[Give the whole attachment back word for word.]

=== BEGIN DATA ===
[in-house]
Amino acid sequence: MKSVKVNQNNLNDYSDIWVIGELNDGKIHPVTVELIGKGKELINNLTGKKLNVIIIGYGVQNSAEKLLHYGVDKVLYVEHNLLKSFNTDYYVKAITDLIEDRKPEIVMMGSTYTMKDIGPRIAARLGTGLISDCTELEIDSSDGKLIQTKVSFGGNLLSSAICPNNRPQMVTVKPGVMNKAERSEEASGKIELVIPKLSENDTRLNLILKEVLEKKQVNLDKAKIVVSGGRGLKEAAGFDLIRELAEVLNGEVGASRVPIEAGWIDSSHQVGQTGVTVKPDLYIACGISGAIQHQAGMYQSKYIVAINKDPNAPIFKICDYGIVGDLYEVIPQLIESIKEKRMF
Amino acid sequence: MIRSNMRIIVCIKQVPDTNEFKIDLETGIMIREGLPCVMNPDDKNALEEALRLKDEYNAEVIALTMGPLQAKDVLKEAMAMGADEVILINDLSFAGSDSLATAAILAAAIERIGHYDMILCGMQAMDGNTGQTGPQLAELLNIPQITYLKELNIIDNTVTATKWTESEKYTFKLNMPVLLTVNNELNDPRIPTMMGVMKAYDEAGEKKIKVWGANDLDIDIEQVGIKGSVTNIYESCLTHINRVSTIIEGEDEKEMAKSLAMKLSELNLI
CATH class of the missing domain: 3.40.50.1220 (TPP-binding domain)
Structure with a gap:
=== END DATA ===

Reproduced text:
[in-house]
Amino acid sequence: MKSVKVNQNNLNDYSDIWVIGELNDGKIHPVTVELIGKGKELINNLTGKKLNVIIIGYGVQNSAEKLLHYGVDKVLYVEHNLLKSFNTDYYVKAITDLIEDRKPEIVMMGSTYTMKDIGPRIAARLGTGLISDCTELEIDSSDGKLIQTKVSFGGNLLSSAICPNNRPQMVTVKPGVMNKAERSEEASGKIELVIPKLSENDTRLNLILKEVLEKKQVNLDKAKIVVSGGRGLKEAAGFDLIRELAEVLNGEVGASRVPIEAGWIDSSHQVGQTGVTVKPDLYIACGISGAIQHQAGMYQSKYIVAINKDPNAPIFKICDYGIVGDLYEVIPQLIESIKEKRMF
Amino acid sequence: MIRSNMRIIVCIKQVPDTNEFKIDLETGIMIREGLPCVMNPDDKNALEEALRLKDEYNAEVIALTMGPLQAKDVLKEAMAMGADEVILINDLSFAGSDSLATAAILAAAIERIGHYDMILCGMQAMDGNTGQTGPQLAELLNIPQITYLKELNIIDNTVTATKWTESEKYTFKLNMPVLLTVNNELNDPRIPTMMGVMKAYDEAGEKKIKVWGANDLDIDIEQVGIKGSVTNIYESCLTHINRVSTIIEGEDEKEMAKSLAMKLSELNLI
CATH class of the missing domain: 3.40.50.1220 (TPP-binding domain)
Structure with a gap: